Due to these reasons, the territory is organised accordingly to the characteristics of terrain that implies climatic variations and a differentiated distribution of biodiversity and human occupation.
In the northern areas, where the highest points stand, the territory is mountainous and consists mostly of forested areas with great natural and scenic interest. There the visitor can enjoy landscapes of great natural beauty and walk along pedestrian paths.
In the middle area, the succession of mounds, parted by deep valleys where the streams run, serve as the backdrop for a superb humanised landscape with agricultural terraces and dispersed households at the top of the hills that become denser as the slope descends.
To the south, the milder terrain and closeness to the centre of Funchal gave place for the more dense urbanized area with a greater concentration of services and landmarks, which preserves the inheritance of a rural past and reflects simultaneously the current socioeconomic tendencies.
With a population of 27,383 inhabitants (2011), Santo António parish is the most populous of the Madeira Archipelago and one of the most densely populated, with 1,235.1 persons per sq. km. The evolution of the number of residents has increased regularly since 1864, except in 1960, when the parish lost 306 inhabitants and, in 1991, when it lost 282 inhabitants.
This almost continuous growth of population can be explained by the appeal of this parish, which has long welcomed people from all over the island seeking better living conditions in Funchal. The occasional situations of loss of workforce are due to specific phenomena of mass emigration and to the decrease in births that have occurred in the last quarter of the 20th century.
In Santo António, until the 1960s, as it was all around Madeira, the population was predominantly young, with high birth rates, resulting from the predominance of an agricultural economy, where the children were seen as a source of income, working in fields from a very early age. This phenomenon was also associated with the absence of obligatory schooling, which resulted in high illiteracy rates, a strong religious influence alongside weak dissemination of contraceptive methods and low participation of women in the labour market. On the other hand, poor living conditions, lack of health and medical care were responsible for a low average life expectancy, which lead to a reduced number of elderly people.
From 1950, the rural exodus towards Funchal intensifies, being particularly expressive in the ‘60s and ‘70s. A strong migratory flow also contributed to a reduction in birth rates and, consequently, to a decrease in the number of young people and young adults, that resulted in the aging of population.
However, the geographical position of Santo António has long been an attractive for internal migrants, who chose this parish, among other things, for the price of land, proximity to the labour market of Funchal and the pleasant climate. As a result, in the second half of the 20th century, there is a dispersion of small households, which begin to be more frequent in the lower areas of the parish and along the hills. Over the years, this occupation grew taking over a great part of the hills, until an altitude quota of nearly 750 metres.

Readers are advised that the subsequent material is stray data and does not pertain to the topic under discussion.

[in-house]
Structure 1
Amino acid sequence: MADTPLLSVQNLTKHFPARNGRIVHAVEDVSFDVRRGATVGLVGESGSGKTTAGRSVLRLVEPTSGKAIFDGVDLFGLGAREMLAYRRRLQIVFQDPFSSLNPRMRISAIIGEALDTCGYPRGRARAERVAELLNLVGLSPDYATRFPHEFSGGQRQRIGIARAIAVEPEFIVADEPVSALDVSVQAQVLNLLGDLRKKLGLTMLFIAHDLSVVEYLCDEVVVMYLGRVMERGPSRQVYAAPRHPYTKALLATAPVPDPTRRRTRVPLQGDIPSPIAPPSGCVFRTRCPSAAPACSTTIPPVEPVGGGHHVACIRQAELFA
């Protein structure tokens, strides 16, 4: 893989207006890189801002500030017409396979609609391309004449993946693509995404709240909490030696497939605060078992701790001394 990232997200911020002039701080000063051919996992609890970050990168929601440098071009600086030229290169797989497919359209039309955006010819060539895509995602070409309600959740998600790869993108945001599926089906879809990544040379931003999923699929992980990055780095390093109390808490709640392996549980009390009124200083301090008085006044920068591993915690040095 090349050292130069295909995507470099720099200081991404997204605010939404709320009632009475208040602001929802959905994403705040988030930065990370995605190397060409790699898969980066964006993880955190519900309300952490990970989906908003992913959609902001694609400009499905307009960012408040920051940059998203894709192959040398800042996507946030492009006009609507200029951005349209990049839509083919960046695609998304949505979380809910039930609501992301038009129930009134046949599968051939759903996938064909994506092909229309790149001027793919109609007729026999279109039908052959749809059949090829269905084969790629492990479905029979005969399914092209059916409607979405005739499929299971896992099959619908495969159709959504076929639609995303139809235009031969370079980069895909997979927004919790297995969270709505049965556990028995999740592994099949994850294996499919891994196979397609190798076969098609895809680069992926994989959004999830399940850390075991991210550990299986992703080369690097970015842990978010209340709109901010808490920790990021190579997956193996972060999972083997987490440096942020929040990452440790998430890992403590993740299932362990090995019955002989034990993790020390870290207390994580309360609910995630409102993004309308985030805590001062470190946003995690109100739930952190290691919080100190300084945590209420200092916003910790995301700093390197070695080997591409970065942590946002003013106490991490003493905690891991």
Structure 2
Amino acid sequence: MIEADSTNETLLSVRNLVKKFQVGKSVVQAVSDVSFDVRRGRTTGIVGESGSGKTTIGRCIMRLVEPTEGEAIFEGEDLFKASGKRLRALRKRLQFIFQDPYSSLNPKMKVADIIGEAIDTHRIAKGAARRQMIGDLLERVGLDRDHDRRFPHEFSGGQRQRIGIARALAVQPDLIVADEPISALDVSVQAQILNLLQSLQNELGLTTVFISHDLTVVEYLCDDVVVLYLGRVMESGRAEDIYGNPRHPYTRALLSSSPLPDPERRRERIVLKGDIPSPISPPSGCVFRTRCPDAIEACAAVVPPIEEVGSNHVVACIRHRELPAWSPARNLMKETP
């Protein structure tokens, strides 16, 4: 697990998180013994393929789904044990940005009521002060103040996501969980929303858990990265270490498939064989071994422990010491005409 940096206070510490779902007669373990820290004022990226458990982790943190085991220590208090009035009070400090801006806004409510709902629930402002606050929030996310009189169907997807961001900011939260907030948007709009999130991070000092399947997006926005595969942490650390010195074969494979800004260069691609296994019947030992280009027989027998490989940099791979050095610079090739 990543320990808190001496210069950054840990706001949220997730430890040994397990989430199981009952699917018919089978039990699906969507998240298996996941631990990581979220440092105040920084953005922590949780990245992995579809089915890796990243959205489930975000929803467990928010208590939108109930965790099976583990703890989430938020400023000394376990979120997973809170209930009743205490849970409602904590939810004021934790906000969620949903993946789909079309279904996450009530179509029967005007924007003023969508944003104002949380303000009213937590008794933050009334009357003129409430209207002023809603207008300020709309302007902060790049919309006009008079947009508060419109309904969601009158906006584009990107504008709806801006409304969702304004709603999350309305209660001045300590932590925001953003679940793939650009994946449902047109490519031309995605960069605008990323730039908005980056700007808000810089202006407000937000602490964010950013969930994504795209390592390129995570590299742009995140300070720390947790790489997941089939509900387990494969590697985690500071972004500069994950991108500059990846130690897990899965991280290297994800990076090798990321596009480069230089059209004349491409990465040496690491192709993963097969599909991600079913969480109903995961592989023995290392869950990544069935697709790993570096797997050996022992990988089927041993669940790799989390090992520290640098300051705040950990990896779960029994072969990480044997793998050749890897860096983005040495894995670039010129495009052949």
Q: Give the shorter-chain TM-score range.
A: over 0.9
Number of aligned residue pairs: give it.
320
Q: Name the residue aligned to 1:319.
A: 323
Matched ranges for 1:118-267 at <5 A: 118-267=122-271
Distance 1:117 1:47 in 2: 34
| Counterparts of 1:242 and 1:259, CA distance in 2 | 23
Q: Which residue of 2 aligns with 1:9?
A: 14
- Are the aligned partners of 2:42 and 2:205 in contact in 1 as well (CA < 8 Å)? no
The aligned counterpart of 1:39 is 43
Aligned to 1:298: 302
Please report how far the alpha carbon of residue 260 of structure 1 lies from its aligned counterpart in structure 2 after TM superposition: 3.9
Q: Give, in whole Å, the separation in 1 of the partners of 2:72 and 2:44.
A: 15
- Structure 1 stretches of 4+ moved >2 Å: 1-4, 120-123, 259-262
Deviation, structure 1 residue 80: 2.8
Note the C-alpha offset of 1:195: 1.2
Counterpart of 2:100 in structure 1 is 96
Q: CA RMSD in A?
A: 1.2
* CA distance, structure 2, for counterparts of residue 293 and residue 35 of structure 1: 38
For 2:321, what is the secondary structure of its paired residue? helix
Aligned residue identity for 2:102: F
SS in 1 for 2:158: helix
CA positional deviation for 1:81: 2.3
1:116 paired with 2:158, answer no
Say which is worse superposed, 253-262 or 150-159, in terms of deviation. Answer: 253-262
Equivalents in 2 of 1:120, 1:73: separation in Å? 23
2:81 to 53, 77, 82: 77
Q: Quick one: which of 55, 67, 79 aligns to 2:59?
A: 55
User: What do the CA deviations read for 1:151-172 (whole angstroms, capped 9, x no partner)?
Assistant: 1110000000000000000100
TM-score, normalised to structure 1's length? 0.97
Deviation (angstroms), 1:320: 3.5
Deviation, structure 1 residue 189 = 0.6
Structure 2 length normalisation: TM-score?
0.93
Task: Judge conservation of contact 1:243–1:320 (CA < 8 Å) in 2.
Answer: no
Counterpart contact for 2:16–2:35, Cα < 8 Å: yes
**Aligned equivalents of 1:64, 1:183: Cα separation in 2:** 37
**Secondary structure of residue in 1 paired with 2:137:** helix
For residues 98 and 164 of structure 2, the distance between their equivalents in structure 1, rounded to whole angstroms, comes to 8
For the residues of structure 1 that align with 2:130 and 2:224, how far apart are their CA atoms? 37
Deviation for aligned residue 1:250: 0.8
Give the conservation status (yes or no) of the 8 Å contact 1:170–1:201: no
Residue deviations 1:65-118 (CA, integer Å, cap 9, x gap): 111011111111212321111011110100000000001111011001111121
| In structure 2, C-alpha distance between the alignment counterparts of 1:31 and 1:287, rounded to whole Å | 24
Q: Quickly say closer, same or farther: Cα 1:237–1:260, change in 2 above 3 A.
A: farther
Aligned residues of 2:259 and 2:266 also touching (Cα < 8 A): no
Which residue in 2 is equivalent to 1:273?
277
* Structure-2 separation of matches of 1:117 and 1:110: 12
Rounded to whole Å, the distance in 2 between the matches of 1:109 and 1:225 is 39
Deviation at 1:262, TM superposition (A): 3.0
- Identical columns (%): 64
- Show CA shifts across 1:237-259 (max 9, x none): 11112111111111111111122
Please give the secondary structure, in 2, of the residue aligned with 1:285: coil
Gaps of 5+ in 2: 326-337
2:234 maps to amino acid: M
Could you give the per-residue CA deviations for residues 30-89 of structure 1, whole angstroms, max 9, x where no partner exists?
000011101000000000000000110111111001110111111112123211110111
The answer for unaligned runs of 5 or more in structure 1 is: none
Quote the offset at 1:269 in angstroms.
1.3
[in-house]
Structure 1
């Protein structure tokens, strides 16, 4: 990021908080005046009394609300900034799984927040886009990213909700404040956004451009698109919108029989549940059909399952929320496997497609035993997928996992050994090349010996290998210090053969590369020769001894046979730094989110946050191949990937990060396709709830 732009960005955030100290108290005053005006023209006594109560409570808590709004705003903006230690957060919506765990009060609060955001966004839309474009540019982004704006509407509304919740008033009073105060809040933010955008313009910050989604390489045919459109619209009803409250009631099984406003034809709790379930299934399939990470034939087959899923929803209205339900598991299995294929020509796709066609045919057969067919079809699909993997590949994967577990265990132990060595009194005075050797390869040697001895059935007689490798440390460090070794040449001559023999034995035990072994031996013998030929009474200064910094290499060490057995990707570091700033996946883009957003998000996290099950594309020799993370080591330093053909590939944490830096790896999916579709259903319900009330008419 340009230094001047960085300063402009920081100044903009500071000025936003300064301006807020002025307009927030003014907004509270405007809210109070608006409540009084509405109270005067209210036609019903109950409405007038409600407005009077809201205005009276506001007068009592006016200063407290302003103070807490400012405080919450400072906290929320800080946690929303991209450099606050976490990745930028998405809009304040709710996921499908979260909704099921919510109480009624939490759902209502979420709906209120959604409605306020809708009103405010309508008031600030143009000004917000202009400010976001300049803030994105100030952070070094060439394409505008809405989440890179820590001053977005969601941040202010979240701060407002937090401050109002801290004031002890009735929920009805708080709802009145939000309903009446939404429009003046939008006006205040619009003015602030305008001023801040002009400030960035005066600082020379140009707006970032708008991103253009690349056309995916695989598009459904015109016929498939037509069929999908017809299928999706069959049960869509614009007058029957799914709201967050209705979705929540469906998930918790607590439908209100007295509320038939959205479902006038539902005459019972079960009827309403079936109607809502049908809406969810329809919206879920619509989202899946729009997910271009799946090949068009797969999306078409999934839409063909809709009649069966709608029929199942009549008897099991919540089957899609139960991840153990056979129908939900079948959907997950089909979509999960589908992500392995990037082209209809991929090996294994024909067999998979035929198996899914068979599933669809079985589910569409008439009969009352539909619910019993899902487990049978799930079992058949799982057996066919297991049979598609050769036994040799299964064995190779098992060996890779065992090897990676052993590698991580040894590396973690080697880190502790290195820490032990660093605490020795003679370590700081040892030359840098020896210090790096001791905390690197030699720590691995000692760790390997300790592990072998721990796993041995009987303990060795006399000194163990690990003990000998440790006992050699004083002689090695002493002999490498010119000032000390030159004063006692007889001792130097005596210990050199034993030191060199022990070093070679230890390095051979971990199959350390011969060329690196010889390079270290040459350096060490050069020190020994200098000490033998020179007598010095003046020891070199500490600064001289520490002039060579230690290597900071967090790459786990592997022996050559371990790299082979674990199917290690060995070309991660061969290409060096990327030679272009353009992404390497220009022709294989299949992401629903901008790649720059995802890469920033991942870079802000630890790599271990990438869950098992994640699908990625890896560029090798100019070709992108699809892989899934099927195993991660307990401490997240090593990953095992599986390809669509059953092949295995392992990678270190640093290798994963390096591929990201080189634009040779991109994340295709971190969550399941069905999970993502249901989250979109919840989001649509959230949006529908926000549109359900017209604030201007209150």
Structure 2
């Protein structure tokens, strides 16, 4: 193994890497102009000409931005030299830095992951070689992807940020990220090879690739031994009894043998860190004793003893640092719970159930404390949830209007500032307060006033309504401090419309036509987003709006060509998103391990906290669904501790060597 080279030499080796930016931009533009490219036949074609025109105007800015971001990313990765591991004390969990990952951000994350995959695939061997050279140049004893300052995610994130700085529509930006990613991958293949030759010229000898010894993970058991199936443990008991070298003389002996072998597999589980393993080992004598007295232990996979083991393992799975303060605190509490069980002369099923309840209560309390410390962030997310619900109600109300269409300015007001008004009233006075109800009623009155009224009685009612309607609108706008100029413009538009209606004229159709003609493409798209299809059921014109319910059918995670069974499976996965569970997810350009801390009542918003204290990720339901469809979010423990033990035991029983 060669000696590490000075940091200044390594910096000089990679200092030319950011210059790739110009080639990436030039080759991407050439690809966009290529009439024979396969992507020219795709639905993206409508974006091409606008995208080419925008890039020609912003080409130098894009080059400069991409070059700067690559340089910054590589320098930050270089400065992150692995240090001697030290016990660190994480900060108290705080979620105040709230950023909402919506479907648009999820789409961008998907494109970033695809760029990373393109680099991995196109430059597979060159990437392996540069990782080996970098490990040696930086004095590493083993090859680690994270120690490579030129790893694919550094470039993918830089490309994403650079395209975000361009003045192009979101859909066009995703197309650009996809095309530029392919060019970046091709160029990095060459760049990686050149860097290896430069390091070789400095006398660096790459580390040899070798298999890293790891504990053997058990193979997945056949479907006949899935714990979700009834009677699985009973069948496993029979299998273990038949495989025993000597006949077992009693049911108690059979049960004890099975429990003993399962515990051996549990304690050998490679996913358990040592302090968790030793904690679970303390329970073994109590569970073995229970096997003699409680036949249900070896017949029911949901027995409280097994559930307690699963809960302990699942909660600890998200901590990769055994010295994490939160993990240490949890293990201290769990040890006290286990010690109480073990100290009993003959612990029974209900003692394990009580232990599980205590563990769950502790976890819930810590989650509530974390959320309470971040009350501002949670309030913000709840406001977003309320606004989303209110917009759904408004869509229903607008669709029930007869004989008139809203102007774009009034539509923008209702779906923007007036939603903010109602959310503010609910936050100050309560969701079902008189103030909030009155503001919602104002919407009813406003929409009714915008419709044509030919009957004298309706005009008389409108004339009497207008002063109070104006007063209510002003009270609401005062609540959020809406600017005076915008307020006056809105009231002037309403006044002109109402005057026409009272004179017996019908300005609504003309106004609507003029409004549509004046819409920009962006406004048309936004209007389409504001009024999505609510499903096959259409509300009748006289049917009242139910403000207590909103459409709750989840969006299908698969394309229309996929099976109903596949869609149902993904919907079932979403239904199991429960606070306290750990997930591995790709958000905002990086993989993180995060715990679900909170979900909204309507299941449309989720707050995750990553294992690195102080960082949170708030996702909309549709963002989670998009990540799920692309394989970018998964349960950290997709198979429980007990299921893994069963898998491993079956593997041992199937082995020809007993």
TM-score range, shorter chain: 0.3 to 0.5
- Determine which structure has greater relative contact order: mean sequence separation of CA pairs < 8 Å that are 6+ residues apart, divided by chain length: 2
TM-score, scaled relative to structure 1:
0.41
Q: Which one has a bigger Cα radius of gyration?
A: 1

On the other hand, the occupation of the city centre by specialised services, business centres, industries and new forms of commerce, which intensified at the beginning of the 21st century, led many families to move to the outskirts of downtown Funchal, and Santo António became a favourite area of residence. Between 2001 and 2011, population growth was of 24.8%, which in the lower areas of the parish resulted in the replacement of many single-family houses with apartments, which contributed to a significant increase in population density. This phenomenon has been associated with the proliferation of small commerce and services, which contributed to the socio-economic dynamism that this parish currently has.
“Arraiais” are traditional religious festivities in honour of the parish patron saint. After the mass in honour of the Saint, several men carry His image through the streets in the traditional processions. For the celebration of the Blessed Sacrament, the population prepares a carpet of natural flowers through which the procession passes. This kind of events has become a hallmark of local identity.
Around the churches, the streets are decorated with traditional flags and colourful lighting. The entertainment programme includes music and philharmonic bands, fireworks, traditional gastronomy and several stalls selling handicrafts and other local products.
The traditional festivities in Santo António parish:
Parish of Santo António
The feast of St. Anthony, the parish patron, is celebrated on June 13, followed by the celebrations of Our Lord on the third Sunday of June. A celebration in honour of Our Lady of Guadalupe takes place on the last Sunday of October.
Álamos Parish Church